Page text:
Clinton rouses luncheon crowd


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She opened with a "Peg" joke, gently refused to be drawn into a debate about the Keystone pipeline or her political future and earned two standing ovations from a huge Winnipeg crowd.

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Hey there, time traveller!
This article was published 21/01/2015 (2876 days ago), so information in it may no longer be current.

She opened with a “Peg” joke, gently refused to be drawn into a debate about the Keystone pipeline or her political future and earned two standing ovations from a huge Winnipeg crowd.

In between, likely presidential contender and former U.S. Secretary of State, Hillary Clinton gave two shout-outs to Manitoba Hydro’s plans to build a new power line to Minnesota and a nod to rookie mayor Brian Bowman, the city’s first Métis mayor. No one in the crowd of nearly 2,000 seemed to mind Clinton pronounced the S on the end of Métis.

Speaking without notes and untethered from the podium, Clinton began by extolling the friendly relationship between Canada and the United States. She said no border is more peaceful and no two countries share more core values.

Aaron Cohen / CMHR Hillary Rodham Clinton writes a message on a card in the 'Inspiring Change' gallery in the Canadian Museum for Human Rights after the Global Perspectives luncheon in Winnipeg.

When a mentally-ill gunman attacked Canada’s Parliament buildings last fall, she said, American’s watched in worry.

“We all held our breath on the other side of that border of ours,” said Clinton.

But, as she has in other recent speeches in Canada, she refused to offer an opinion on the thorniest issue between the two countries – the fate of the Keystone pipeline.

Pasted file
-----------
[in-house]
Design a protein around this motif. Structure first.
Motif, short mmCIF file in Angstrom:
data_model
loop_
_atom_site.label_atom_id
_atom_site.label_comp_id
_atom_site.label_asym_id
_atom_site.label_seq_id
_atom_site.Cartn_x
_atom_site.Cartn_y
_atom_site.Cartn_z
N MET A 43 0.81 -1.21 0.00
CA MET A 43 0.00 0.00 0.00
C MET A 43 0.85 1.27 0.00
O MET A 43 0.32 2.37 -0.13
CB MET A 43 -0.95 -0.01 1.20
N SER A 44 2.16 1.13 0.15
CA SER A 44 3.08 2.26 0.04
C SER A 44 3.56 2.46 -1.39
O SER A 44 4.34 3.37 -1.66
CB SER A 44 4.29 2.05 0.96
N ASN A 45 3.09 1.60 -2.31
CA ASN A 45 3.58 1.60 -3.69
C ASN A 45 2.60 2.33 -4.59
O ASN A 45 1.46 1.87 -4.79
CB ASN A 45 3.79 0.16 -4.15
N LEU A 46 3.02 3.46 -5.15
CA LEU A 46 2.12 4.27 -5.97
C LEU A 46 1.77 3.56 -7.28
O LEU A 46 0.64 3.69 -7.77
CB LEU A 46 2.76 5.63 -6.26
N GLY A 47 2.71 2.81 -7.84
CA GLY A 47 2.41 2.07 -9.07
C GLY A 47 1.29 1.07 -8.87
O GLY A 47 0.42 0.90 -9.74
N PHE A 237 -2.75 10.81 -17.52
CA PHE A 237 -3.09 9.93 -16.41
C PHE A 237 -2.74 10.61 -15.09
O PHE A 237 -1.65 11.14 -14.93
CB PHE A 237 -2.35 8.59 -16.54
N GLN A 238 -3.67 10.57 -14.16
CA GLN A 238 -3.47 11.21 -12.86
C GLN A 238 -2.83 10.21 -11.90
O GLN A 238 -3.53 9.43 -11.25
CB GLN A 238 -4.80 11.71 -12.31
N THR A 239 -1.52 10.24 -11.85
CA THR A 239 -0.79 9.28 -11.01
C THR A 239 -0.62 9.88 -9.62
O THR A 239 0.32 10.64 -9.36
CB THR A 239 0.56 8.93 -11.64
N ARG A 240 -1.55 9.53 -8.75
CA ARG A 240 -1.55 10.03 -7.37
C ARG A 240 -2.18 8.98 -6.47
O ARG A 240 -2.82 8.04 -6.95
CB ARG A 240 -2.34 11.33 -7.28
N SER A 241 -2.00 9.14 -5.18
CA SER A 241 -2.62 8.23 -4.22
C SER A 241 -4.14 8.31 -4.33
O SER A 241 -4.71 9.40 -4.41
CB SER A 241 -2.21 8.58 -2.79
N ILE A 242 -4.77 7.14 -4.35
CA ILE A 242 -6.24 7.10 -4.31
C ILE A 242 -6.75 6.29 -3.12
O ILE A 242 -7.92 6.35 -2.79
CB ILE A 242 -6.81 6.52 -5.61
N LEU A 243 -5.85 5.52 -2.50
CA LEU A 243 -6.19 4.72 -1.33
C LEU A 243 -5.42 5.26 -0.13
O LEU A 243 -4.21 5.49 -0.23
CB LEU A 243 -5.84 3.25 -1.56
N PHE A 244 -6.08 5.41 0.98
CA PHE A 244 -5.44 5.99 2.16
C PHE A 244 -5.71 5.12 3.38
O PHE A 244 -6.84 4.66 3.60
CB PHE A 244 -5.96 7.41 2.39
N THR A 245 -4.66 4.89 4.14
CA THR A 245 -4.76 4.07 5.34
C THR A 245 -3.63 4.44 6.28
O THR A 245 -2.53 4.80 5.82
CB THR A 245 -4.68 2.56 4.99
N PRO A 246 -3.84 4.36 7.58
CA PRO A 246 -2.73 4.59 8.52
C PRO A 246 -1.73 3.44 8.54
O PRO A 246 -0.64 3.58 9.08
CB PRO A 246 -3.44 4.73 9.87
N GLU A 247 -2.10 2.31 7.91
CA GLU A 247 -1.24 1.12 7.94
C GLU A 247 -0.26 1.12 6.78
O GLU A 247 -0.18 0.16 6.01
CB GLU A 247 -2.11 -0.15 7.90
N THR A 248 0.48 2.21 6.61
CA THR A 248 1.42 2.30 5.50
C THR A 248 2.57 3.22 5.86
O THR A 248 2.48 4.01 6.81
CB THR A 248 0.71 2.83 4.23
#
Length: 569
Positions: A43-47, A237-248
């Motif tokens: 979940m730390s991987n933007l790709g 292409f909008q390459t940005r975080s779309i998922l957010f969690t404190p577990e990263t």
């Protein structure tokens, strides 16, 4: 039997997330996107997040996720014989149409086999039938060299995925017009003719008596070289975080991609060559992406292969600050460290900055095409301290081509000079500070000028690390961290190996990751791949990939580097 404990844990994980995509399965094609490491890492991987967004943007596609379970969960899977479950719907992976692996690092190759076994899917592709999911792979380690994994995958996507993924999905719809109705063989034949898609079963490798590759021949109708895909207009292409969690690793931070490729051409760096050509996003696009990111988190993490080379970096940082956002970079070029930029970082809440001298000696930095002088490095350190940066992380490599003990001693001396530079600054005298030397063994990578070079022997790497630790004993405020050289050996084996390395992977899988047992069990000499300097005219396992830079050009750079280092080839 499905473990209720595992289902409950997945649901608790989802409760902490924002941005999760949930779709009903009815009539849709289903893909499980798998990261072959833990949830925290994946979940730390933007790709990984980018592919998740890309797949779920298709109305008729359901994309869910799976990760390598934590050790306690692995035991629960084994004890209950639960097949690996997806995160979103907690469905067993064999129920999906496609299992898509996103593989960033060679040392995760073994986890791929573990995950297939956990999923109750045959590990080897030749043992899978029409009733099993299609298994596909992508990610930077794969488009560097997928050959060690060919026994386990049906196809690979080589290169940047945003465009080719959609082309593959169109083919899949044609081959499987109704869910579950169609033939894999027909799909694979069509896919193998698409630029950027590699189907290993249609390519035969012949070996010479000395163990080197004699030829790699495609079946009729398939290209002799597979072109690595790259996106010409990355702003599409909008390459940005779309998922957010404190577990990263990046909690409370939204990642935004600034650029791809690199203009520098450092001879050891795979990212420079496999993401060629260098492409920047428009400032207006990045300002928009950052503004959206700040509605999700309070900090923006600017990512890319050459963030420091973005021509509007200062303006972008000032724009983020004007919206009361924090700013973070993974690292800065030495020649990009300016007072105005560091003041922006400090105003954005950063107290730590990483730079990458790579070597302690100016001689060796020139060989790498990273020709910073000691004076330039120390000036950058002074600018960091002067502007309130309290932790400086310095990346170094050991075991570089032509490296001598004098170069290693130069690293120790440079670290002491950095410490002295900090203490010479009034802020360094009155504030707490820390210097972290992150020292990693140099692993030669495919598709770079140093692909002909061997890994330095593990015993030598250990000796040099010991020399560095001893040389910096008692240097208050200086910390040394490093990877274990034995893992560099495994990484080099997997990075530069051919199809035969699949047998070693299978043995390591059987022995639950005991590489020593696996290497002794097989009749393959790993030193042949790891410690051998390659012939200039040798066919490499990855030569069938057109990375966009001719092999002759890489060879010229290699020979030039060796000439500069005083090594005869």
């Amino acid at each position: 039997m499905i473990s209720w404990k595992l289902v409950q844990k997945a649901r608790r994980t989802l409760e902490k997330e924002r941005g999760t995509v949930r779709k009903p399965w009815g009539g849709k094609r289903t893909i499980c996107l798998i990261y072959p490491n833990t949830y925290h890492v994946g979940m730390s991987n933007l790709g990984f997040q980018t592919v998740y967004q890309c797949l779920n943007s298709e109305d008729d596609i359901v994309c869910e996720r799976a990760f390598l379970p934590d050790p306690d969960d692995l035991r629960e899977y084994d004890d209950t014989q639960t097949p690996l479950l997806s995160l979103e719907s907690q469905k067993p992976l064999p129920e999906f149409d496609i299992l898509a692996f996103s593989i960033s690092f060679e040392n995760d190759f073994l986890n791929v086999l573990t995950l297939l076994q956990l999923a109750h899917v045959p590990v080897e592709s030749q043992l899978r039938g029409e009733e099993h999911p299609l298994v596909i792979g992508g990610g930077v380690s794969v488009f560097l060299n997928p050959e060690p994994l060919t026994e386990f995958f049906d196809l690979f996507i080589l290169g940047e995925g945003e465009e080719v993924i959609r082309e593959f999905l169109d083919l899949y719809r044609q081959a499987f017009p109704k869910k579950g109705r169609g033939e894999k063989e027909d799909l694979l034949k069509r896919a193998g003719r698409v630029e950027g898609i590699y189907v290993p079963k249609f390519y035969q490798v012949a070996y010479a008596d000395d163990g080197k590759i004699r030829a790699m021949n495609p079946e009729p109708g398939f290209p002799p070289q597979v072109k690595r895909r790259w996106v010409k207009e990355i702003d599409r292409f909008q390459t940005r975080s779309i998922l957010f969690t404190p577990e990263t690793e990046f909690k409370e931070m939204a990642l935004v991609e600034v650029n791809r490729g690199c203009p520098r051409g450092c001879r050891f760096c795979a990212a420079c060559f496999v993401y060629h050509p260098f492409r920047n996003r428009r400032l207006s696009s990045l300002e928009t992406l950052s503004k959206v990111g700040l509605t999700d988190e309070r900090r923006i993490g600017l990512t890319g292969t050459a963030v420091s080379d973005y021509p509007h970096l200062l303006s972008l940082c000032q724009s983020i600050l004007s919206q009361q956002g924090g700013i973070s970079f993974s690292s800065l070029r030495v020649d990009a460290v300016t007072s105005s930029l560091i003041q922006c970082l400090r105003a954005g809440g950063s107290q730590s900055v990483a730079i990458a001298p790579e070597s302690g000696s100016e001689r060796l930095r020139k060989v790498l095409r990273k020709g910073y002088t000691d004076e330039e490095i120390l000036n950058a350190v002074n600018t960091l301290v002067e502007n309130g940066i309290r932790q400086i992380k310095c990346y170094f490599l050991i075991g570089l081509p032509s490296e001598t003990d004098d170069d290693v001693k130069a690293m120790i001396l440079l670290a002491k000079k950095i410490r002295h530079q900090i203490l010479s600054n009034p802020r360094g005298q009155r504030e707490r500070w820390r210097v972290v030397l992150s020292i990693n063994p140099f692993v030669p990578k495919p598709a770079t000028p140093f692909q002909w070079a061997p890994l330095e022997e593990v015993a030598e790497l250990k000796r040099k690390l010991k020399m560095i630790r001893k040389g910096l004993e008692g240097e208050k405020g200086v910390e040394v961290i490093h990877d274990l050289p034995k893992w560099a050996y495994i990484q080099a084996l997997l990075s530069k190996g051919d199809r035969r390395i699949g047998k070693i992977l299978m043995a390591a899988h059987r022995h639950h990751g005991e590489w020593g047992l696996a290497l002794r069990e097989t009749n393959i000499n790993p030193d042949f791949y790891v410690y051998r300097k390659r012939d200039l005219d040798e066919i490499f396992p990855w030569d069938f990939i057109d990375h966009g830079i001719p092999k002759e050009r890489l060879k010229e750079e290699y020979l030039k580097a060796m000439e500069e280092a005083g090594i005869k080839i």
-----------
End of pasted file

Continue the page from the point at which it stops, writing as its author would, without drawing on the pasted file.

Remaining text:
“You won’t get me to talk about Keystone, I won’t express an opinion,” Clinton told CIBC President and CEO Victor Dodig, who hosted the post-speech Q&A. “It’s in our process, where it belongs.”

As expected, though Clinton is widely expected to announce her bid for president this spring, she was also coy about her political future.

When Dodig noted slyly that her time as Secretary of State would be great preparation for the presidency, Clinton smiled and gave him a “n’uh uh” finger wag.

But she did speak at length about global affairs, including the crisis in Ukraine, Iran’s nuclear program and the threat of Islamic extremists.

Clinton said the world must combat the growing threat of violent groups like ISIS by supporting moderates in the Islamic world, cracking down on the use of the Internet as a recruiting tool and shoring up Western democratic values. That means showing the world the West protects free markets, human rights and diversity.

“Great democracies like yours and mine have to set that example,” said Clinton.

Mike Deal / Winnipeg Free Press Hillary Rodham Clinton, former U. S. Secretary of State, speaks during the Global Perspectives event at the RBC Convention Centre Wednesday afternoon.

As she has in other recent Canadian speeches in Vancouver and Calgary, she opened with some local flavour, saying Winnipeg’s weather doesn’t bother her because she grew up in Chicago, “the Winnipeg of the South.” She also said she hoped to visit the Canadian Museum for Human Rights this afternoon.

Nearly 2,000 people paid $300 to hear Clinton at the RBC Convention Centre, part of the Global Perspectives series sponsored by CIBC.

Spotted at Wednesday’s luncheon were Lt. Gov. Philip Lee, provincial Conservative Leader Brian Pallister, Fargo Mayor Tim Mahoney, University of Manitoba President David Barnard and business leaders such as Gendis’s James Cohen, Wow! Hospitality’s Doug Stephen, lawyers David Filmon and Gail Asper.

Security was not overwhelming. Organizers said sniffer dogs were brought in earlier, and those in attendance were asked to check coats and large bags, but police and other security officers were discreet.


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Updated on Wednesday, January 21, 2015 2:54 PM CST: Writethru.

Updated on Wednesday, January 21, 2015 6:00 PM CST: Adds details of CMHR visit.

Updated on Wednesday, January 21, 2015 6:45 PM CST: Removes CMHR visit (posts as separate story)

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